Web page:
Korean startup teaches kids about pet food, pet ownership

Be My Pet Co. aims to reduce pet abandonment in South Korea with a YouTube channel and other resources geared towards children and new pet owners.

sergio souza | Pexels.com
sergio souza | Pexels.com

In South Korea, a total of 135,791 dogs, cats and other pets were abandoned in 2019, partly because many didn't know how to take care of pets.

B My Pet Co. Ltd., a Korean startup based in Seoul, hopes to change this by creating a companion animal knowledge channel called BeMyPet made primarily for children, but also for adults seeking information on how to raise pets.

More on the BeMyPet website

To help children understand pets and prepare them to become responsible pet owners, BeMyPet is packing its website with informative pet-related content ranging from pets' food requirements to proper grooming and treatment of common diseases. Their content is a mix of text, short videos and animation designed to help children easily understand the world of pets. B My Pet has partner veterinarians, experienced pet owners and pet health experts who write for the website.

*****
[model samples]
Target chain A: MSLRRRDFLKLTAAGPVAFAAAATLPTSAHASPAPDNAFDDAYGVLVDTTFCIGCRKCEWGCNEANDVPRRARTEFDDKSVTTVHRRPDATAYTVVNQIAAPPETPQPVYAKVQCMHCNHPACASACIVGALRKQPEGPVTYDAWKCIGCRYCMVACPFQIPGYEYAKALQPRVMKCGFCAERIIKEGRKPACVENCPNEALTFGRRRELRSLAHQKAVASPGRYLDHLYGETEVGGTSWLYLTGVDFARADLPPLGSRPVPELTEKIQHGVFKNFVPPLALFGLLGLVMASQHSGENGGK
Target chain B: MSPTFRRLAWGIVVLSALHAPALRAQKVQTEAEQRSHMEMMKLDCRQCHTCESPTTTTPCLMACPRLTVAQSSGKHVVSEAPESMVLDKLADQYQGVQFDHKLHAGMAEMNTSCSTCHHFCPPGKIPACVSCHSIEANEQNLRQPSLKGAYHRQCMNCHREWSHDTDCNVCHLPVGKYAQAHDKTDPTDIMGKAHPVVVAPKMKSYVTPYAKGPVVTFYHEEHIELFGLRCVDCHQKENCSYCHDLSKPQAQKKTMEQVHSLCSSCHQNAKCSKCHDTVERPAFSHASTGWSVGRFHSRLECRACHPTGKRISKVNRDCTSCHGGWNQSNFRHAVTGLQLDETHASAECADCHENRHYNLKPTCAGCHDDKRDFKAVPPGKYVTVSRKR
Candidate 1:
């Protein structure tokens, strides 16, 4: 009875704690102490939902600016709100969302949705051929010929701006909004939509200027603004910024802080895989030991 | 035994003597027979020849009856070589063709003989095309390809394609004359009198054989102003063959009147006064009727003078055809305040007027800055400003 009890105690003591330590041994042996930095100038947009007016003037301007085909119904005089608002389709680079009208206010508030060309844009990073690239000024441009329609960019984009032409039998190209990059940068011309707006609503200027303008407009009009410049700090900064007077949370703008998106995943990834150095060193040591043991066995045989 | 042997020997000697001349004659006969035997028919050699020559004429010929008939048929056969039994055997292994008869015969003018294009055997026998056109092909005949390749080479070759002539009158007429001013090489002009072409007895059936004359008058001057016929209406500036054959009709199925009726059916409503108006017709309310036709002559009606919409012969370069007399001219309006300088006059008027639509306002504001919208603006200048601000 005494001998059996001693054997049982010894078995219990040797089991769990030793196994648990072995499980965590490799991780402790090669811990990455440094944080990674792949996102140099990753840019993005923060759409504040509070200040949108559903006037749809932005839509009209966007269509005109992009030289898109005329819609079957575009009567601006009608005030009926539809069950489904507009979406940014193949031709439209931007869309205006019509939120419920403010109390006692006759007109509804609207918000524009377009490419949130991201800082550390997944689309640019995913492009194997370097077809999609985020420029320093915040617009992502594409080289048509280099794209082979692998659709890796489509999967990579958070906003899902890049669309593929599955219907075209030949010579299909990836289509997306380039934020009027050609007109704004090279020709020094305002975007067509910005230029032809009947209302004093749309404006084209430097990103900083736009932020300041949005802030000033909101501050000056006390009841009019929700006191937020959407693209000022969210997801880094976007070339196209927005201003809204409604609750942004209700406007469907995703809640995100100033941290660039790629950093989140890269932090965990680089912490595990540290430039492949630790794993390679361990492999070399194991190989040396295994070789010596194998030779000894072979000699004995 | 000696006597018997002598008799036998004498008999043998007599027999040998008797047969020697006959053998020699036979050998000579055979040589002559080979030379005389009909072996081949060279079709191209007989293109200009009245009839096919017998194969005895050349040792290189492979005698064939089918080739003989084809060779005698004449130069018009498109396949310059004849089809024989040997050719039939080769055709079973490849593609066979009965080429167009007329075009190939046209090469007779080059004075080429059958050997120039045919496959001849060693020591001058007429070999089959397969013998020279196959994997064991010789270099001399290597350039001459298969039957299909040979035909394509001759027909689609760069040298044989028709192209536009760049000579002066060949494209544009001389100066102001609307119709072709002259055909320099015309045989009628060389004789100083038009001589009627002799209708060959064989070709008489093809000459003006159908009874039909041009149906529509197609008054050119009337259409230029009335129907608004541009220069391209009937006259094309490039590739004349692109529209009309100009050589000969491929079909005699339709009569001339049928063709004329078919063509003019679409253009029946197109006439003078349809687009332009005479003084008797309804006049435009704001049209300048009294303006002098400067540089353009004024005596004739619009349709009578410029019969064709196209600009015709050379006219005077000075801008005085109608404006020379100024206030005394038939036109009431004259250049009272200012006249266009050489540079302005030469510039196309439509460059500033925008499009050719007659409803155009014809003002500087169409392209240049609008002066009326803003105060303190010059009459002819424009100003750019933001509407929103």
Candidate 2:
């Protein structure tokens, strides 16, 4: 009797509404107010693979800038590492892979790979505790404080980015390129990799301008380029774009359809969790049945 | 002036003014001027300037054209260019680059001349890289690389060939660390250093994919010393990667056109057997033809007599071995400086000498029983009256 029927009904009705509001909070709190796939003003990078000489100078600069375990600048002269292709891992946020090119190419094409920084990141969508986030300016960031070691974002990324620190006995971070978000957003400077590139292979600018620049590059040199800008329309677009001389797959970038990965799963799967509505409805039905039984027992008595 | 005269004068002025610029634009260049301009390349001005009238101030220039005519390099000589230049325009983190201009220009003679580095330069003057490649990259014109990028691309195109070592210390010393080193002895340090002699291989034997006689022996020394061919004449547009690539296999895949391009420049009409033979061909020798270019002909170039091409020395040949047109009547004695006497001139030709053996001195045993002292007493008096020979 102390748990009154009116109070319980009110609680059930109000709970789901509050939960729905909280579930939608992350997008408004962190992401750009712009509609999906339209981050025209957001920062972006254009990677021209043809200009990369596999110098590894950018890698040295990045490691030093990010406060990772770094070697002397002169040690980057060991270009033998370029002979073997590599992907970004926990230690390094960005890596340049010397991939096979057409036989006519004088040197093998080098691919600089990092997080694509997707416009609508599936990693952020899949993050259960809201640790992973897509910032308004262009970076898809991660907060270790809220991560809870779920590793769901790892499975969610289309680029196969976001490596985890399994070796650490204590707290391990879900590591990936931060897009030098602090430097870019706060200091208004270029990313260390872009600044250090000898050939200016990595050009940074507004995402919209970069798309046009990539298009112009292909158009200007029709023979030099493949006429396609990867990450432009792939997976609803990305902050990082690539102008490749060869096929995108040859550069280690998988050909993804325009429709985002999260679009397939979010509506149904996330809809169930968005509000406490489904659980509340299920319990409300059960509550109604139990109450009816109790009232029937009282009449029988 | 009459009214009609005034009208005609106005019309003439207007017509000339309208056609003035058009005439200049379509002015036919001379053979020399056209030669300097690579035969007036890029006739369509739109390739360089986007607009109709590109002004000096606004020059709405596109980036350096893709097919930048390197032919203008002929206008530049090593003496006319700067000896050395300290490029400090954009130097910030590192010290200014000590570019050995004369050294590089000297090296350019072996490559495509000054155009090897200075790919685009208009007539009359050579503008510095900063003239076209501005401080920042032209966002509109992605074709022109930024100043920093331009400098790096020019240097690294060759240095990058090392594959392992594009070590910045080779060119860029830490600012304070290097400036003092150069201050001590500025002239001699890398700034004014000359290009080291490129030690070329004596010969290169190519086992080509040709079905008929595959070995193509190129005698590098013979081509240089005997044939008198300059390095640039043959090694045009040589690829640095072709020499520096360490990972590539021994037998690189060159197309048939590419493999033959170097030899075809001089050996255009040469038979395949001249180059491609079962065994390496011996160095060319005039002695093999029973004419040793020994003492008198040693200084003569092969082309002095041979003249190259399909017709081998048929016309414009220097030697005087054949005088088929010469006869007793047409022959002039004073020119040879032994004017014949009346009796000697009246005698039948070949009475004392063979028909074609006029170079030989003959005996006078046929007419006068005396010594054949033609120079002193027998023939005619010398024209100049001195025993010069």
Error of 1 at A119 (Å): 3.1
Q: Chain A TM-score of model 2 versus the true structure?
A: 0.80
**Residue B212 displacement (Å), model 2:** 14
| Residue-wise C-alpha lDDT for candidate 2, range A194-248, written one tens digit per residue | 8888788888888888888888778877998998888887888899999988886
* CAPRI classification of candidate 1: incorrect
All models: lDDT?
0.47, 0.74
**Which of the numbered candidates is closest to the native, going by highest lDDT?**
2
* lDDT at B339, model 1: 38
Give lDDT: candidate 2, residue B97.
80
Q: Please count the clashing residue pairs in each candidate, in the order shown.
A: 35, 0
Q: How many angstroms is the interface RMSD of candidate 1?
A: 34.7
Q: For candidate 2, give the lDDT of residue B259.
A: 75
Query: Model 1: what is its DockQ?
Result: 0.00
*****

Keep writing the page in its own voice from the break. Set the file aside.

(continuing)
In its pet food section, BeMyPet teaches kids what types of foods are and are not suitable for pets, what can cause obesity in animals and the benefits and risks of raw diets, among other topics.

Though still in beta mode, BeMyPet already has over 570,000 registered Web and app users. It has also received more than a million page views on its YouTube channel. With the help of its investors Strong Ventures and Knollwood Investment Advisory, the company plans to add e-commerce, long-form animated content for over-the-top media streaming platforms and other pet services to make it sustainable.

Helping reduce pet abandonment

Meanwhile, to help with South Korea's growing pet abandonment crisis, BeMyPet has added a pet loss prevention registration service to assist those who didn't intentionally lose a pet. South Korea's Ministry of Agriculture, Food and Rural Affairs reported that pet abandonment has become more prevalent with the decline in the number of animal shelters. Only 284 animal shelters were still operating in the whole country as of 2019, down 7.5% from 2015, according to the entity.

In January 2020, South Korea announced a new set of pet-related legal protections targeted to be wholly in place by 2022. Among them:

  • A mandatory course on animal rights prior to pet adoption.
  • Teaching on the subject of animal rights in schools.
  • An insurance program for owners of certain breeds of dogs such as Tosa, American Pit Bull Terrier, American Staffordshire Terrier, Staffordshire Bull Terrier, Rottweiler and related mixed breeds.
  • Maximum three-year imprisonment for any mistreatment leading to the death of an animal.
  • A ban on dogs that are kept on a short leash at home and are confined in dimly lit rooms.
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